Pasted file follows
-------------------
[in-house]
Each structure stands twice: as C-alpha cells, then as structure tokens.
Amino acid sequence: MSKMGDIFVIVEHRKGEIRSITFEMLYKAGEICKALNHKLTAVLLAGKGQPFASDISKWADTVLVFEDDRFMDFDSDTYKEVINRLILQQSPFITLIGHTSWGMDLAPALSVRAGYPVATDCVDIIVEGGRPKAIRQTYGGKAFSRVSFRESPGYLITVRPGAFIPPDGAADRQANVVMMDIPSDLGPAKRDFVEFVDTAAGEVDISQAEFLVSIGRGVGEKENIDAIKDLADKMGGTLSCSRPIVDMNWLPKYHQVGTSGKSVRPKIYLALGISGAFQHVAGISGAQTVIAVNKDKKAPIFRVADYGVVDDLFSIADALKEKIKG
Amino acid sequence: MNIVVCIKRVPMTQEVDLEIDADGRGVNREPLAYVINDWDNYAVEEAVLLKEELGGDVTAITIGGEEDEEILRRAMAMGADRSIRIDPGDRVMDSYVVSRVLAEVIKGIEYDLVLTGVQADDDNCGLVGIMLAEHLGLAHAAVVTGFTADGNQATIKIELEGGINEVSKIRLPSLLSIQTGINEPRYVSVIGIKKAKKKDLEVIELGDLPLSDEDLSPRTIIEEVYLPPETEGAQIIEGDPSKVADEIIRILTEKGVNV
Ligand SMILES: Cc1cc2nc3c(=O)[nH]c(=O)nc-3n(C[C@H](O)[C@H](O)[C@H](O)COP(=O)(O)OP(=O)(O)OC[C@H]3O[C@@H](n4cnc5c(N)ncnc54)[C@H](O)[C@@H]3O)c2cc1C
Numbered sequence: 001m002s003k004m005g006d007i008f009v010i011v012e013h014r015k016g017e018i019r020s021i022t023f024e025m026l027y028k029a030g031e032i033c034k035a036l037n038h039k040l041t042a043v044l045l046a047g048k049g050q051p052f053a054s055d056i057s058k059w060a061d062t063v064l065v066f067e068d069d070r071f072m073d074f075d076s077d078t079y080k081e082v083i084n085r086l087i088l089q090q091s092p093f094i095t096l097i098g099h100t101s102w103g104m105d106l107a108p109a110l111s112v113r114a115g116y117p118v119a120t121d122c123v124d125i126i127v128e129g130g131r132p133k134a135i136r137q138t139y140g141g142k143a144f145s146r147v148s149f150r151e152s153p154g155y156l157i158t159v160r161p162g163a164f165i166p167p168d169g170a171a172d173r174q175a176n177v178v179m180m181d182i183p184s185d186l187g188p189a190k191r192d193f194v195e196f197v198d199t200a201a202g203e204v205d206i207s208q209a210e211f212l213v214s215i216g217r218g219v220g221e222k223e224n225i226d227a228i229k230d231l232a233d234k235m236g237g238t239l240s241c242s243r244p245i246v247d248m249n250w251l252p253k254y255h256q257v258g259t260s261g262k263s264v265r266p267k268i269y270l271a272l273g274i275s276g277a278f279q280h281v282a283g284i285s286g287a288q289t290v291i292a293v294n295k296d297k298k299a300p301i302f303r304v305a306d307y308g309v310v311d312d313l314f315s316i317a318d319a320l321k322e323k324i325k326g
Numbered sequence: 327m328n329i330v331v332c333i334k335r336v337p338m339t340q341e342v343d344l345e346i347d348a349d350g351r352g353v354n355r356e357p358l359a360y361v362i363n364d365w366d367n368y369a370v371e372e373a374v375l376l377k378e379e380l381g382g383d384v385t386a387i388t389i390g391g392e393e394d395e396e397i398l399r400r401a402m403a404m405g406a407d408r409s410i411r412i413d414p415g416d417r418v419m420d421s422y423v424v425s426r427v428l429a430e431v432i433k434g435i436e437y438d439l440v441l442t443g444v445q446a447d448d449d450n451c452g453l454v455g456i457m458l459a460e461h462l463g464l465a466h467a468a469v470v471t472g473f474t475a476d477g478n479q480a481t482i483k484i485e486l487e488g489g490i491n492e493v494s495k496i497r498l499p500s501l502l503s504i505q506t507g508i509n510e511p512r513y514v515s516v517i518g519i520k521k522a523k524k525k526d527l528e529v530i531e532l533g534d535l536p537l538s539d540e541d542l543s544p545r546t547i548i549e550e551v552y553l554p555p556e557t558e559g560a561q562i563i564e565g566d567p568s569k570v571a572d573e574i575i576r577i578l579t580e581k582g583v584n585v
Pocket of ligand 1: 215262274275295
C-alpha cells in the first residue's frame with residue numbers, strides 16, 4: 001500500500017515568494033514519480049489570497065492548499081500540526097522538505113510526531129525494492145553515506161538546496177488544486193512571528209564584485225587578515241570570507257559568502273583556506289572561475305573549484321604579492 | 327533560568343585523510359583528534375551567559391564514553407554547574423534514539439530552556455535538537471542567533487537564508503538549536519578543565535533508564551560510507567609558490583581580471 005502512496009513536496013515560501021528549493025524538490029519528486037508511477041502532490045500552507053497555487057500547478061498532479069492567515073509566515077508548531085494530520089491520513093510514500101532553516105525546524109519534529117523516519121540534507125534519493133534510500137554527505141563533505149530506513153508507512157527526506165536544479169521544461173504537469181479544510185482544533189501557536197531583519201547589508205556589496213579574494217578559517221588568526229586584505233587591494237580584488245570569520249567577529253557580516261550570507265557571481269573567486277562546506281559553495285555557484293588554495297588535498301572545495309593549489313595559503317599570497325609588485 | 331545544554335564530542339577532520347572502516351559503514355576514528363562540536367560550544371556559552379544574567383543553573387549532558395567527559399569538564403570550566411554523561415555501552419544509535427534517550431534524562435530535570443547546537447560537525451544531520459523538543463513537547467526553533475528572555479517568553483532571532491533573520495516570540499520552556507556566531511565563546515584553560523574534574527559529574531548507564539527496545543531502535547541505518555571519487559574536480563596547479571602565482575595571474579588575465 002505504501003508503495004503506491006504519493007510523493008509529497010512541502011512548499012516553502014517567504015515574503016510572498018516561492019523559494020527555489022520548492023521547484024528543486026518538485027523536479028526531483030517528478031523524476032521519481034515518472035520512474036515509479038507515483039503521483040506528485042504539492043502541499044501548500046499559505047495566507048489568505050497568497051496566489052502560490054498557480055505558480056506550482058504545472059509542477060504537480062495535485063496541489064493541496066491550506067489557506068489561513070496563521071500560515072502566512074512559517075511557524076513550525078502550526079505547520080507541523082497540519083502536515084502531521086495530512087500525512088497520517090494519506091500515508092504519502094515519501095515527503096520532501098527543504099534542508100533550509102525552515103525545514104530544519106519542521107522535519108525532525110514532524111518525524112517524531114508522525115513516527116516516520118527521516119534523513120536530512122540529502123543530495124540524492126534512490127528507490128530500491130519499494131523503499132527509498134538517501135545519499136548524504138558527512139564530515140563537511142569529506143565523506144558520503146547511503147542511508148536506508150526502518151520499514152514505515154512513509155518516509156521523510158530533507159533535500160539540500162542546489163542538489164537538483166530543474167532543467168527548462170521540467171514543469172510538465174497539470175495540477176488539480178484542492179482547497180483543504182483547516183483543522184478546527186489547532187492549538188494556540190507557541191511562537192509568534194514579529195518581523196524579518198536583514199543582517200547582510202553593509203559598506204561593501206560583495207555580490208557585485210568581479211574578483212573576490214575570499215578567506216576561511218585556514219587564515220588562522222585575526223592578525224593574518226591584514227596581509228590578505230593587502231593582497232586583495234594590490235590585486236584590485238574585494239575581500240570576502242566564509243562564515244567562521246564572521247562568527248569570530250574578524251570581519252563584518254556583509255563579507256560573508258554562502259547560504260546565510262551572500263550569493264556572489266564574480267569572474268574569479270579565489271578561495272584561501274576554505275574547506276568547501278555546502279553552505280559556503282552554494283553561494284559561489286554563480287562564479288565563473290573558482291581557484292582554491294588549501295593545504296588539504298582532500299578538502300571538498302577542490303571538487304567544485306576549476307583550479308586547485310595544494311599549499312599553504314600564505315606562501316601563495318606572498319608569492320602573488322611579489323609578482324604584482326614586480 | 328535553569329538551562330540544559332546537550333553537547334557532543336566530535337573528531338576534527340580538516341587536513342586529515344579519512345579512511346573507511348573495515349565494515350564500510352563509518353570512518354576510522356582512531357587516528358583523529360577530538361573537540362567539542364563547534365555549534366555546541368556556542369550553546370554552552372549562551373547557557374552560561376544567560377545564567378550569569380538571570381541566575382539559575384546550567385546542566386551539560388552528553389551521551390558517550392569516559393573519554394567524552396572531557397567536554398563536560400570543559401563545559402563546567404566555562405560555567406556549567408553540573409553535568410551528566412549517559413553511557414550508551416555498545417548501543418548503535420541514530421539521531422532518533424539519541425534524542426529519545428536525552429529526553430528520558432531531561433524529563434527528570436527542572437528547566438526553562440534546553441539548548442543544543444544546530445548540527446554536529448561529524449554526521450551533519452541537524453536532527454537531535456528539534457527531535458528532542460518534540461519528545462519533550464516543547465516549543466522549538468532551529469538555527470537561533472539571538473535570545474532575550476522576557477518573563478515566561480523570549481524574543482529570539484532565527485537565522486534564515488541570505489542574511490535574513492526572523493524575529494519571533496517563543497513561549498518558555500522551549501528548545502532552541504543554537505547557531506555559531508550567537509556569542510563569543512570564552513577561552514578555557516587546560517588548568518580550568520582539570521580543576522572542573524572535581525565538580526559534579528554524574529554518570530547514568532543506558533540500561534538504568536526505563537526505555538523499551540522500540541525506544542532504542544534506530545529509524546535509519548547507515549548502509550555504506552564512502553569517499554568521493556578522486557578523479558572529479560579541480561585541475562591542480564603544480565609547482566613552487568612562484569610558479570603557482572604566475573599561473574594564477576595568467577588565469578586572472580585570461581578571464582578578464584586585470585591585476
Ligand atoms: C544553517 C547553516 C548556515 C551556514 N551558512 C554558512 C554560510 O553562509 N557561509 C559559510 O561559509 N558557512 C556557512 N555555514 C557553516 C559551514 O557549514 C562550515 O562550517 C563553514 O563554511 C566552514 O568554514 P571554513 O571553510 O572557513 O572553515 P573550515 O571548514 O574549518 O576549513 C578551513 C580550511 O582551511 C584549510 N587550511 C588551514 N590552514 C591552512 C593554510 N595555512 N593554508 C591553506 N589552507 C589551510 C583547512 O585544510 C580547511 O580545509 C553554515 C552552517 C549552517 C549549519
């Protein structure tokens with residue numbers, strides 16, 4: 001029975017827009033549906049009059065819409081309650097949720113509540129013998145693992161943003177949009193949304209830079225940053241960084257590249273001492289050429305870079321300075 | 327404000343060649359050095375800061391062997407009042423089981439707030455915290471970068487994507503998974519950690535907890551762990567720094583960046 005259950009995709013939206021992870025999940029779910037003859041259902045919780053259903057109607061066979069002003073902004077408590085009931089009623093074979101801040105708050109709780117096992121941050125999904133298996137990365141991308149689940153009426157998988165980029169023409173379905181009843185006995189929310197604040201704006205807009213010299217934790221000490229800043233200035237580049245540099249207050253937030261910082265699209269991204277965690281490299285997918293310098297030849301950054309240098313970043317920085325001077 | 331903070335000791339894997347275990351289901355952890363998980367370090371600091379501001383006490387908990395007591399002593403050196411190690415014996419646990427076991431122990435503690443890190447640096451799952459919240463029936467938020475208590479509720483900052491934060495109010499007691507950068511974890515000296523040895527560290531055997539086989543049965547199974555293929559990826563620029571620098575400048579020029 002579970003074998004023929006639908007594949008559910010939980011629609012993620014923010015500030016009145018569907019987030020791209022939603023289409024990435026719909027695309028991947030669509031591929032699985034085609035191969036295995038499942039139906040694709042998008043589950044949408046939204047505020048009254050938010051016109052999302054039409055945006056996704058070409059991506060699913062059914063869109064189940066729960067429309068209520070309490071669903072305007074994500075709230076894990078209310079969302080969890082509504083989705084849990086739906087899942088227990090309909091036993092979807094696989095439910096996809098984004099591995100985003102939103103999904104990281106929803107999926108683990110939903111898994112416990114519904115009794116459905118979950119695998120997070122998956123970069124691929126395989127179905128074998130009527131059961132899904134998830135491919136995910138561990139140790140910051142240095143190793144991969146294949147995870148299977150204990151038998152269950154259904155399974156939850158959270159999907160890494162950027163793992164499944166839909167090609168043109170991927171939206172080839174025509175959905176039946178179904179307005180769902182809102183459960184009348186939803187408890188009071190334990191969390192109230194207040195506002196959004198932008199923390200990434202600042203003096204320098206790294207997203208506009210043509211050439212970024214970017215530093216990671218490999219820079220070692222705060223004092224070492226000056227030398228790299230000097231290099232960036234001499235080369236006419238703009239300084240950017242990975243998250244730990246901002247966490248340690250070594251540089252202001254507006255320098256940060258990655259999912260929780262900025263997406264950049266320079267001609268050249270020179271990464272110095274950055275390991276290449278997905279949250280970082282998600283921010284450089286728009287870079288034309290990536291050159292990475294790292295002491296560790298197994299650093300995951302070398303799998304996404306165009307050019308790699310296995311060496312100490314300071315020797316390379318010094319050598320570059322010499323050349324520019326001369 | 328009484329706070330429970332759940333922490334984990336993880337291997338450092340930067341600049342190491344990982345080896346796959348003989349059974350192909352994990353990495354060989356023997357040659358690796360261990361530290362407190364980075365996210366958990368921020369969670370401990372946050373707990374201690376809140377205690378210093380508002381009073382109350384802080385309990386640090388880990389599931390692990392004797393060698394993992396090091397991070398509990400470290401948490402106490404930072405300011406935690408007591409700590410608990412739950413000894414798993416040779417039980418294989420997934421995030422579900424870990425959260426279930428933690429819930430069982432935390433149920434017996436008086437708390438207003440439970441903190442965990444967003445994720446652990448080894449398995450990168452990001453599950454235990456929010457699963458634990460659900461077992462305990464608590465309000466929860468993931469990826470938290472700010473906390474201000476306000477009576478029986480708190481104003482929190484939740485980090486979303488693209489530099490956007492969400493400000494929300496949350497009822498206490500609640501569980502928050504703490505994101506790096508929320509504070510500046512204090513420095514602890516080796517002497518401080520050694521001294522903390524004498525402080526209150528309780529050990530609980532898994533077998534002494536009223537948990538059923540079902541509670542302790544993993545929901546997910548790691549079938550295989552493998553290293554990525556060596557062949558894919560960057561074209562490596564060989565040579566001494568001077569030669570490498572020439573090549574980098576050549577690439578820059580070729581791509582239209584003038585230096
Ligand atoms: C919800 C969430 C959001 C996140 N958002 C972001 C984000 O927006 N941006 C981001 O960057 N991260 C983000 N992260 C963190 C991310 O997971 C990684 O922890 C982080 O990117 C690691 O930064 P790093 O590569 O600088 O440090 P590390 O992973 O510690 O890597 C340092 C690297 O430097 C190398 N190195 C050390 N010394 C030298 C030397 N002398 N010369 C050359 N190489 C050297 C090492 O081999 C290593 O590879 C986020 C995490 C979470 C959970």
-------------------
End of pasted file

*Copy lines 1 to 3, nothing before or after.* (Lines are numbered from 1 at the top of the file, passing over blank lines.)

[in-house]
Each structure stands twice: as C-alpha cells, then as structure tokens.
Amino acid sequence: MSKMGDIFVIVEHRKGEIRSITFEMLYKAGEICKALNHKLTAVLLAGKGQPFASDISKWADTVLVFEDDRFMDFDSDTYKEVINRLILQQSPFITLIGHTSWGMDLAPALSVRAGYPVATDCVDIIVEGGRPKAIRQTYGGKAFSRVSFRESPGYLITVRPGAFIPPDGAADRQANVVMMDIPSDLGPAKRDFVEFVDTAAGEVDISQAEFLVSIGRGVGEKENIDAIKDLADKMGGTLSCSRPIVDMNWLPKYHQVGTSGKSVRPKIYLALGISGAFQHVAGISGAQTVIAVNKDKKAPIFRVADYGVVDDLFSIADALKEKIKG